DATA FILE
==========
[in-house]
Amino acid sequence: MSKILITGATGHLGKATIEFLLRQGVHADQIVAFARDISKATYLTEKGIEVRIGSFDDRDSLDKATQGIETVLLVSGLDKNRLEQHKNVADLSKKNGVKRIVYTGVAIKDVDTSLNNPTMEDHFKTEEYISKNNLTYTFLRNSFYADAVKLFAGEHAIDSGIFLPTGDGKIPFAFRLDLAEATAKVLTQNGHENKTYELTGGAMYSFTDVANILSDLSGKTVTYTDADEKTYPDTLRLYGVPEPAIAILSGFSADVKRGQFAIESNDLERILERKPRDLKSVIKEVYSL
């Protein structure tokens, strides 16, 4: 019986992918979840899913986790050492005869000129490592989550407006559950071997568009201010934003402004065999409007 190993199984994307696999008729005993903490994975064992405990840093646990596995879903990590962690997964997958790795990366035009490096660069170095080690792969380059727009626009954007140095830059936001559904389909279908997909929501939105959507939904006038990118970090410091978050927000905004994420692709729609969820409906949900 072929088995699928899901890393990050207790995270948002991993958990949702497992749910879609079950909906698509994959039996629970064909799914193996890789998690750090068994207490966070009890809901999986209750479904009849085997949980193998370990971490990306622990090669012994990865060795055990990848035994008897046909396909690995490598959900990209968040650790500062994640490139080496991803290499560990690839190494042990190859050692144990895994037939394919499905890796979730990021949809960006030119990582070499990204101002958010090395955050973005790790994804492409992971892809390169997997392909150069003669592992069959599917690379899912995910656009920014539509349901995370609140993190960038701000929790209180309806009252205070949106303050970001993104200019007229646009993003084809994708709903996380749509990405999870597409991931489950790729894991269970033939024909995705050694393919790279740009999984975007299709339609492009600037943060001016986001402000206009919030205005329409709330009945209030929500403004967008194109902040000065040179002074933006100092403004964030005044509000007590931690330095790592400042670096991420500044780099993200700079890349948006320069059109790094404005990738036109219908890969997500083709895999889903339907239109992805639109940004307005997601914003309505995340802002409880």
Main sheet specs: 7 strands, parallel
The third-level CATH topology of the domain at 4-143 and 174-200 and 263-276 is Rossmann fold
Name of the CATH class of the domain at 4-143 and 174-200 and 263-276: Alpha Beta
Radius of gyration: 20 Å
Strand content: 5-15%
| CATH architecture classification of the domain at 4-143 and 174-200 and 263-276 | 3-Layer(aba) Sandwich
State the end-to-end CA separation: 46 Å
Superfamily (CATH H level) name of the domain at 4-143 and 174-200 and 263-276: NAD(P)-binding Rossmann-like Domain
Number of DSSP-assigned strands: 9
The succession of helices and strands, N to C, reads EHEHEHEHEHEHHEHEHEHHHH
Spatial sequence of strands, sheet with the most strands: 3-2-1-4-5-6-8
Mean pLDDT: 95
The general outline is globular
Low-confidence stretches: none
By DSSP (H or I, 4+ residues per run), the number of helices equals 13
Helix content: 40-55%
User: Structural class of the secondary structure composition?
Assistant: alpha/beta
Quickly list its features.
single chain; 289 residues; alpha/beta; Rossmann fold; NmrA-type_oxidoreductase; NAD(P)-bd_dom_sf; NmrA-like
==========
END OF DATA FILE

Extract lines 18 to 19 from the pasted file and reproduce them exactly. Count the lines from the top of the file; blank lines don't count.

By DSSP (H or I, 4+ residues per run), the number of helices equals 13
Helix content: 40-55%